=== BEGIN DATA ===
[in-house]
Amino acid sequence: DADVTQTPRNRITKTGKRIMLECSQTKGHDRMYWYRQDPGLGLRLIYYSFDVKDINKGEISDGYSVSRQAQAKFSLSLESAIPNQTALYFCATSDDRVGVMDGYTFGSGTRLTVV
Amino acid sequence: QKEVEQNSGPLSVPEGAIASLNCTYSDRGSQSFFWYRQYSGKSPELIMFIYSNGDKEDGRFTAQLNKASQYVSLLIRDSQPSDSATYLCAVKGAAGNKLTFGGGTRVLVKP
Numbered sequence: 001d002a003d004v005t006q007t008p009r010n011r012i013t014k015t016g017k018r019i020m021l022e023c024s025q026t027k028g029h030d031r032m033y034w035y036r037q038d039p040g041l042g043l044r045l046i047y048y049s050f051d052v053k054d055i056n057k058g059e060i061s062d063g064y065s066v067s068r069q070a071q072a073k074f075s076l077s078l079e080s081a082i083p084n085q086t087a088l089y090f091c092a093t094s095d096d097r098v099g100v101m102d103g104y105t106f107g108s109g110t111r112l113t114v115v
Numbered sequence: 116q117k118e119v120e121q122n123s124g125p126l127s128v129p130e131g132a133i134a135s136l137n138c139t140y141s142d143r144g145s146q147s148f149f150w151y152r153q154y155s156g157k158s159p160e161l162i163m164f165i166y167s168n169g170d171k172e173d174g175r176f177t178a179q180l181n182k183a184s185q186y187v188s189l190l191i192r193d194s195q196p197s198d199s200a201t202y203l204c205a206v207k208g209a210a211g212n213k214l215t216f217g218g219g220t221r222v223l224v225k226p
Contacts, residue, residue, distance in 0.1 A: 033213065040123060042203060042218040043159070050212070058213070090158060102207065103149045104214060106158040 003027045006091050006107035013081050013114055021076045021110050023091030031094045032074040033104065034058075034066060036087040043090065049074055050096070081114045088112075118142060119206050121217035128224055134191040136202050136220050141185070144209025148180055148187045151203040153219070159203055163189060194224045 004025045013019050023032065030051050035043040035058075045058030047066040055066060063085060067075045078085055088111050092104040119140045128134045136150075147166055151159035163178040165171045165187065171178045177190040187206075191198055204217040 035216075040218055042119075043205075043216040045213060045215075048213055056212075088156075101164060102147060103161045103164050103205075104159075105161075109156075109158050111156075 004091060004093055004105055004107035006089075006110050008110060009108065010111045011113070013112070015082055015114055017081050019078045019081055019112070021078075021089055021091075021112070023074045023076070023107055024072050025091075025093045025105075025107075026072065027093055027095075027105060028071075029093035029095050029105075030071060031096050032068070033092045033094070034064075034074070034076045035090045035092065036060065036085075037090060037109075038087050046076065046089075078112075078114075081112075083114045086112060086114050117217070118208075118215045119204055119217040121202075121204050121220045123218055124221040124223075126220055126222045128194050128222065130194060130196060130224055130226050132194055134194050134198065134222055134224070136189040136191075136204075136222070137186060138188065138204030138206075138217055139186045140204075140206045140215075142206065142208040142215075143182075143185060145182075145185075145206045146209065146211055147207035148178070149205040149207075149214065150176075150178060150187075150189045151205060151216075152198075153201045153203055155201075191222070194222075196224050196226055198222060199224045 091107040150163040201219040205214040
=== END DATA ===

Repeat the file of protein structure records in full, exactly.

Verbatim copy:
[in-house]
Amino acid sequence: DADVTQTPRNRITKTGKRIMLECSQTKGHDRMYWYRQDPGLGLRLIYYSFDVKDINKGEISDGYSVSRQAQAKFSLSLESAIPNQTALYFCATSDDRVGVMDGYTFGSGTRLTVV
Amino acid sequence: QKEVEQNSGPLSVPEGAIASLNCTYSDRGSQSFFWYRQYSGKSPELIMFIYSNGDKEDGRFTAQLNKASQYVSLLIRDSQPSDSATYLCAVKGAAGNKLTFGGGTRVLVKP
Numbered sequence: 001d002a003d004v005t006q007t008p009r010n011r012i013t014k015t016g017k018r019i020m021l022e023c024s025q026t027k028g029h030d031r032m033y034w035y036r037q038d039p040g041l042g043l044r045l046i047y048y049s050f051d052v053k054d055i056n057k058g059e060i061s062d063g064y065s066v067s068r069q070a071q072a073k074f075s076l077s078l079e080s081a082i083p084n085q086t087a088l089y090f091c092a093t094s095d096d097r098v099g100v101m102d103g104y105t106f107g108s109g110t111r112l113t114v115v
Numbered sequence: 116q117k118e119v120e121q122n123s124g125p126l127s128v129p130e131g132a133i134a135s136l137n138c139t140y141s142d143r144g145s146q147s148f149f150w151y152r153q154y155s156g157k158s159p160e161l162i163m164f165i166y167s168n169g170d171k172e173d174g175r176f177t178a179q180l181n182k183a184s185q186y187v188s189l190l191i192r193d194s195q196p197s198d199s200a201t202y203l204c205a206v207k208g209a210a211g212n213k214l215t216f217g218g219g220t221r222v223l224v225k226p
Contacts, residue, residue, distance in 0.1 A: 033213065040123060042203060042218040043159070050212070058213070090158060102207065103149045104214060106158040 003027045006091050006107035013081050013114055021076045021110050023091030031094045032074040033104065034058075034066060036087040043090065049074055050096070081114045088112075118142060119206050121217035128224055134191040136202050136220050141185070144209025148180055148187045151203040153219070159203055163189060194224045 004025045013019050023032065030051050035043040035058075045058030047066040055066060063085060067075045078085055088111050092104040119140045128134045136150075147166055151159035163178040165171045165187065171178045177190040187206075191198055204217040 035216075040218055042119075043205075043216040045213060045215075048213055056212075088156075101164060102147060103161045103164050103205075104159075105161075109156075109158050111156075 004091060004093055004105055004107035006089075006110050008110060009108065010111045011113070013112070015082055015114055017081050019078045019081055019112070021078075021089055021091075021112070023074045023076070023107055024072050025091075025093045025105075025107075026072065027093055027095075027105060028071075029093035029095050029105075030071060031096050032068070033092045033094070034064075034074070034076045035090045035092065036060065036085075037090060037109075038087050046076065046089075078112075078114075081112075083114045086112060086114050117217070118208075118215045119204055119217040121202075121204050121220045123218055124221040124223075126220055126222045128194050128222065130194060130196060130224055130226050132194055134194050134198065134222055134224070136189040136191075136204075136222070137186060138188065138204030138206075138217055139186045140204075140206045140215075142206065142208040142215075143182075143185060145182075145185075145206045146209065146211055147207035148178070149205040149207075149214065150176075150178060150187075150189045151205060151216075152198075153201045153203055155201075191222070194222075196224050196226055198222060199224045 091107040150163040201219040205214040